Computers, one of the most important tools in science and engineering, find applications in all aspects of academia and industry alike. Though expected to employ this tool effectively, few scientist and engineers have been trained to harness the power at their fingertips, and most could benefit significantly from a high-level exposure to scientific computing methodology. This tutorial series will introduce many computational tools, tricks, and tips that would otherwise take years of trial and error to learn.
During the spring semester, we will offer the tutorial series at the Johns Hopkins University Homewood campus:
Mondays from 3:00 pm to 5:00 pm in Malone G33, beginning 30 January and ending 1 May
Tuesdays from 3:00 pm to 5:00 pm in Bloomberg 462, beginning 31 January and ending 2 May
During the summer, we will repeat the tutorial series at the Johns Hopkins University School of Medicine: details to be announced
No prior experience is required. Please bring a laptop to participate in the tutorials.
The tutorial series is designed to build on itself as it progresses and we strongly discourage skipping tutorials. For a smaller time commitment, consider attending one of our training workshops.
I am happy to announce that I will be offering a new course for Intersession 2017 at Johns Hopkins University, entitled Introduction to Scientific Computing (EN.530.391.13). The interactive two-credit course designed to teach upper-level undergraduate students and new graduate students about the true capabilities of their computers–beyond email and internet–will take place from 10 through 26 January 2017.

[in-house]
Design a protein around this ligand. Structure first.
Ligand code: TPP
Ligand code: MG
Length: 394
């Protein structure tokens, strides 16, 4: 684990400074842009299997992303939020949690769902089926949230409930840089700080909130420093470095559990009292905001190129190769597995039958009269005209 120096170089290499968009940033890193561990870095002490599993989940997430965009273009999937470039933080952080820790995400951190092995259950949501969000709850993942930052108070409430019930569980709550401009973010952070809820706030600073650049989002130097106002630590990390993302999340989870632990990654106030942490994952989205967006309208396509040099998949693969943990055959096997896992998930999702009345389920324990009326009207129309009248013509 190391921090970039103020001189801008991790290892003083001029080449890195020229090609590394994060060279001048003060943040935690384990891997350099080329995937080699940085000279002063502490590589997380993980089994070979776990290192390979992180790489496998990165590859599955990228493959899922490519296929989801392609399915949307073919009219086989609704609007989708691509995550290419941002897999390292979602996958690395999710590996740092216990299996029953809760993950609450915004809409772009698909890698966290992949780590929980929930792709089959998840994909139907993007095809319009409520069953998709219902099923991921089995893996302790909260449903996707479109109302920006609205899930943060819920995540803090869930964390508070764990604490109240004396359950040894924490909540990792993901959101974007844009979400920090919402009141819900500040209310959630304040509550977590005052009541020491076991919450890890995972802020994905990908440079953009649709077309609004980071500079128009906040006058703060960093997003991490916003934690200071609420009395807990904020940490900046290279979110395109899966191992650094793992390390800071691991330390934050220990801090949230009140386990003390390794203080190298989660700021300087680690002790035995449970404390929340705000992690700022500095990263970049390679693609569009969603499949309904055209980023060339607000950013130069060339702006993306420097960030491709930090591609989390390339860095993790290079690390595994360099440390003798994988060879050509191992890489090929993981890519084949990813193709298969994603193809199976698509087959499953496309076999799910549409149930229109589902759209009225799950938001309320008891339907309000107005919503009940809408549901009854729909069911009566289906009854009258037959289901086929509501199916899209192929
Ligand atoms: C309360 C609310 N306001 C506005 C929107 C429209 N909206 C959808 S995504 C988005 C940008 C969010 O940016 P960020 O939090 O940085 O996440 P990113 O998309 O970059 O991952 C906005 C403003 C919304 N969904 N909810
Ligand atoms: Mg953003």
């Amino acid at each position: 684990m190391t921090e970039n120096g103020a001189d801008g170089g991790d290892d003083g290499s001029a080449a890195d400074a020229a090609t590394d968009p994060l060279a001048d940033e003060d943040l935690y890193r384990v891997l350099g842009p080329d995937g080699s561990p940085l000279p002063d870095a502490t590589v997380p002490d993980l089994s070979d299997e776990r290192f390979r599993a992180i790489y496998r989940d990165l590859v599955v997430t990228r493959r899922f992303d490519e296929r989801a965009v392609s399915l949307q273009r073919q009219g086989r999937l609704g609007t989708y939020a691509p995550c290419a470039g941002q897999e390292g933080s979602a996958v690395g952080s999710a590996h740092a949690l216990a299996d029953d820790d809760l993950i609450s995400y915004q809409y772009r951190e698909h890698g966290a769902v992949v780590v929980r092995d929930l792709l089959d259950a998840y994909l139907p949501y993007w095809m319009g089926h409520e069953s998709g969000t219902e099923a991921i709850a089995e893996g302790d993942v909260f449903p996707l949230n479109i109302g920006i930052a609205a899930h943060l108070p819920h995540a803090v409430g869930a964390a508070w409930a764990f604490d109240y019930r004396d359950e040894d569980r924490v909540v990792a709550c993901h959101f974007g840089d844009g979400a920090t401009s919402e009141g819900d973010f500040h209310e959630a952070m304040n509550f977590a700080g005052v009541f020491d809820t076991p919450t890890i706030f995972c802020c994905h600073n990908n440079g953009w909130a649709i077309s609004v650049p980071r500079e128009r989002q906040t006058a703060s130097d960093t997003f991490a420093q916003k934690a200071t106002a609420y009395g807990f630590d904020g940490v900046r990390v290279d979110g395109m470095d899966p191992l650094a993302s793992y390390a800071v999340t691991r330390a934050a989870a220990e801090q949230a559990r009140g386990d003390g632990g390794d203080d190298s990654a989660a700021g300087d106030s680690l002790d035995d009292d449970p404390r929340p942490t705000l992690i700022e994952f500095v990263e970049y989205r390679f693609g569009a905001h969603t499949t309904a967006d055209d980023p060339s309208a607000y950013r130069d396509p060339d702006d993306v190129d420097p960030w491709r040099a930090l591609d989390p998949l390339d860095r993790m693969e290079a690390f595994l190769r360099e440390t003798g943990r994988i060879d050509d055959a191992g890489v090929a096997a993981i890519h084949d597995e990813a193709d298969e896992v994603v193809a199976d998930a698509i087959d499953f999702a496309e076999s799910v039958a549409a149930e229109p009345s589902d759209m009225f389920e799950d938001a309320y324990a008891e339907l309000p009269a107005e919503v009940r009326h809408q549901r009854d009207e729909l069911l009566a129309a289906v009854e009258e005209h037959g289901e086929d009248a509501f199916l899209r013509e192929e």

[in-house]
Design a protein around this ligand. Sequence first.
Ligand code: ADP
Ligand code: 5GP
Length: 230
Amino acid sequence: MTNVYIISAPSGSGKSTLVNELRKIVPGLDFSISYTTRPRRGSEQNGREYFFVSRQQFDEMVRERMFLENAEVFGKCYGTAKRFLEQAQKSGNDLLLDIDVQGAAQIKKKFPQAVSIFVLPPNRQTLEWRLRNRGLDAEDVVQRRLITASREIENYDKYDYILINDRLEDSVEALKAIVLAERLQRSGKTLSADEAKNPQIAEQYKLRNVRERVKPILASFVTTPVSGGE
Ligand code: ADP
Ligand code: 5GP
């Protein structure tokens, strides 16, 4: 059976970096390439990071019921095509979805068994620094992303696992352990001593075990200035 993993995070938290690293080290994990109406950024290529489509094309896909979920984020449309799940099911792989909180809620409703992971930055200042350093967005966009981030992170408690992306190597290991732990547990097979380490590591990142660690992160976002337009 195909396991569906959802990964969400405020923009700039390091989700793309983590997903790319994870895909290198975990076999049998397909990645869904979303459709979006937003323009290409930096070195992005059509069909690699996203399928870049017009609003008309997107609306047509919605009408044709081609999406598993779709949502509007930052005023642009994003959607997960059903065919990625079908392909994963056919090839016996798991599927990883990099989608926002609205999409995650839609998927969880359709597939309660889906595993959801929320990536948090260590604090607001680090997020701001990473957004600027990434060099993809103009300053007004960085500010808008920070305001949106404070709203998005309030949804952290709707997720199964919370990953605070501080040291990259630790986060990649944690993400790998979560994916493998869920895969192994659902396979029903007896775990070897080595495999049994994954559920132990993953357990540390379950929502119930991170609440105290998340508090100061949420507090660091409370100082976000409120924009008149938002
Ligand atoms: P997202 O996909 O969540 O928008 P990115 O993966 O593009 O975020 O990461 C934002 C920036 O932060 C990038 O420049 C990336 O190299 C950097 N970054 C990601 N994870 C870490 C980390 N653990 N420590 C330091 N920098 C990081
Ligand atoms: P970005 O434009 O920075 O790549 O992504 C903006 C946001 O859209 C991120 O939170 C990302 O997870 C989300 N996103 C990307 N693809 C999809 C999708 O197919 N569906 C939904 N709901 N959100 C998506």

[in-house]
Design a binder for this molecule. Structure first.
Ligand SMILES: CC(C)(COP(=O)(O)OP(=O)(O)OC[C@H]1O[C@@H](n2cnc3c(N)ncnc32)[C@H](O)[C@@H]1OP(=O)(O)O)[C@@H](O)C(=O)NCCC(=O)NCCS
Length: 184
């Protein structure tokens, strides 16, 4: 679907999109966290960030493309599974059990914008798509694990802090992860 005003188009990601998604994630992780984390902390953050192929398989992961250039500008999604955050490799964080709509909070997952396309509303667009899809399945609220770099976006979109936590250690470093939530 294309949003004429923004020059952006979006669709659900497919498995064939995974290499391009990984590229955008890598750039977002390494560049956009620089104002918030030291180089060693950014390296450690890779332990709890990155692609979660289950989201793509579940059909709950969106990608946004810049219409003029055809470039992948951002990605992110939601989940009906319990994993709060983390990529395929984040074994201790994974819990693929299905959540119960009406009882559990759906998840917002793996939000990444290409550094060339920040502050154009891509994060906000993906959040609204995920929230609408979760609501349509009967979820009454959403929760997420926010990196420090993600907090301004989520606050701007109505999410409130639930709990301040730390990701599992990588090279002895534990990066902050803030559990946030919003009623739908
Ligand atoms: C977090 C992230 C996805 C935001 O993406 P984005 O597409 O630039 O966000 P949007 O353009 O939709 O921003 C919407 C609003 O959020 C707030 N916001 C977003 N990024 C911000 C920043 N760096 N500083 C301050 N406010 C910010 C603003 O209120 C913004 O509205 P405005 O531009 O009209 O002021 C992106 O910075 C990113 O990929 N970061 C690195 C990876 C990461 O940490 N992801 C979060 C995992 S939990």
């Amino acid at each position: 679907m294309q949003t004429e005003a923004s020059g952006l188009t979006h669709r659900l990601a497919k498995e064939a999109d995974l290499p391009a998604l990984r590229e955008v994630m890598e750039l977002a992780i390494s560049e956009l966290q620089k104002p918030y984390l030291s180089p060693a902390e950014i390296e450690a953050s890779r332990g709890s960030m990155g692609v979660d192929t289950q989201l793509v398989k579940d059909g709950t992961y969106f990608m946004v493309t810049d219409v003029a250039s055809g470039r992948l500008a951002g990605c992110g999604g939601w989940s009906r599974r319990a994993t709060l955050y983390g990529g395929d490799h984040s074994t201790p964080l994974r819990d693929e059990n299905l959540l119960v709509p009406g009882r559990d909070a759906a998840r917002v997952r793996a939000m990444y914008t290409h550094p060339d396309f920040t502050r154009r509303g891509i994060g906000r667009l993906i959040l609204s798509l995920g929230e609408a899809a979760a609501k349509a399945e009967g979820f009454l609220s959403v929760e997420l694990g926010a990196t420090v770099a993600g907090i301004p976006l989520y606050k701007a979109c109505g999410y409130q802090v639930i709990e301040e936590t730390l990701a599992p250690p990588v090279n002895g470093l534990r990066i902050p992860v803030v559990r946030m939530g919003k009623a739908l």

As with all Intersession courses, Introduction to Scientific Computing will be offered free of charge to students enrolled at Johns Hopkins University for the fall 2015 semester.
Registration for Intersession 2017 opens 6 December 2016 at 07:00. Have a question about the course? Submit a comment below or contact me.
The most important tool in science and engineering, computers find applications in all aspects of academia and industry alike. Though expected to employ this tool effectively, few scientists or engineers have been trained to harness the power at their fingertips, and most could benefit significantly from a high-level exposure to scientific computing methodology. This course will introduce many computational tools, tricks, and tips that would otherwise require years of trial and error to learn.
We present work on a new implementation of the Physalis method for resolved-particle disperse two-phase flow simulations. We discuss specifically our GPU-centric programming model that avoids all device-host data communication during the simulation. Summarizing the details underlying the implementation of the Physalis method, we illustrate the application of two GPU-centric parallelization paradigms and record insights on how to best leverage the GPU’s prioritization of bandwidth over latency. We perform a comparison of the computational efficiency between the current GPU-centric implementation and a legacy serial-CPU-optimized code and conclude that the GPU hardware accounts for run time improvements up to a factor of 60 by carefully normalizing the run times of both codes.
I am excited to announce that I have accepted an appointment as an Assistant Research Scientist in the Department of Mechanical Engineering at the Johns Hopkins University. In this new role, I will work extensively within the Maryland Advanced Research Computing Center (MARCC; pronounced Marcy) to support the development and implementation of high-performance computing applications used for transformational research within the University and beyond. As a natural extension of my Ph.D. work, I look forward to developing new computational capabilities and to teaching users about this outstanding high-performance computing resource.
On Thursday afternoon, I became the newest Ph.D. in the Mechanical Engineering Department at the Johns Hopkins University after I successfully defended my dissertation, which was entitled Numerical simulation of disperse particle flows on a graphics processing unit. My defense presentation was tremendously well attended by faculty, coworkers, family and friends.